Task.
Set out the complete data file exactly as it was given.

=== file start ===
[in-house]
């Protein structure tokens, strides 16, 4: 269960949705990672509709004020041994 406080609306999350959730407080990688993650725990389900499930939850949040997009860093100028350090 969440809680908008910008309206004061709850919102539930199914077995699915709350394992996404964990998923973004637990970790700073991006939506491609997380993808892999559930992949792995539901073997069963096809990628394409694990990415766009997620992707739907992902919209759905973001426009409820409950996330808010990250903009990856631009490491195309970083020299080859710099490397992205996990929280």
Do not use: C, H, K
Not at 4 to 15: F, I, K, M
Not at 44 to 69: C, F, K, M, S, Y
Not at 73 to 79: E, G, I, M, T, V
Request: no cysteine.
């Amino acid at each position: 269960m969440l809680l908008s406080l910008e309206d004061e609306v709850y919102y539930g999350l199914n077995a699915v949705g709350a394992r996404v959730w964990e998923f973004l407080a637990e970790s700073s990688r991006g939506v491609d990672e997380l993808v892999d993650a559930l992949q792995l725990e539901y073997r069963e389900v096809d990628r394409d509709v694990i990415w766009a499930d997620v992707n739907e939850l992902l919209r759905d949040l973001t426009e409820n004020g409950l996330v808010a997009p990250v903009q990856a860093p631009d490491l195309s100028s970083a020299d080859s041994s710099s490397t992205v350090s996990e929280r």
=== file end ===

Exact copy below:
[in-house]
């Protein structure tokens, strides 16, 4: 269960949705990672509709004020041994 406080609306999350959730407080990688993650725990389900499930939850949040997009860093100028350090 969440809680908008910008309206004061709850919102539930199914077995699915709350394992996404964990998923973004637990970790700073991006939506491609997380993808892999559930992949792995539901073997069963096809990628394409694990990415766009997620992707739907992902919209759905973001426009409820409950996330808010990250903009990856631009490491195309970083020299080859710099490397992205996990929280």
Do not use: C, H, K
Not at 4 to 15: F, I, K, M
Not at 44 to 69: C, F, K, M, S, Y
Not at 73 to 79: E, G, I, M, T, V
Request: no cysteine.
């Amino acid at each position: 269960m969440l809680l908008s406080l910008e309206d004061e609306v709850y919102y539930g999350l199914n077995a699915v949705g709350a394992r996404v959730w964990e998923f973004l407080a637990e970790s700073s990688r991006g939506v491609d990672e997380l993808v892999d993650a559930l992949q792995l725990e539901y073997r069963e389900v096809d990628r394409d509709v694990i990415w766009a499930d997620v992707n739907e939850l992902l919209r759905d949040l973001t426009e409820n004020g409950l996330v808010a997009p990250v903009q990856a860093p631009d490491l195309s100028s970083a020299d080859s041994s710099s490397t992205v350090s996990e929280r």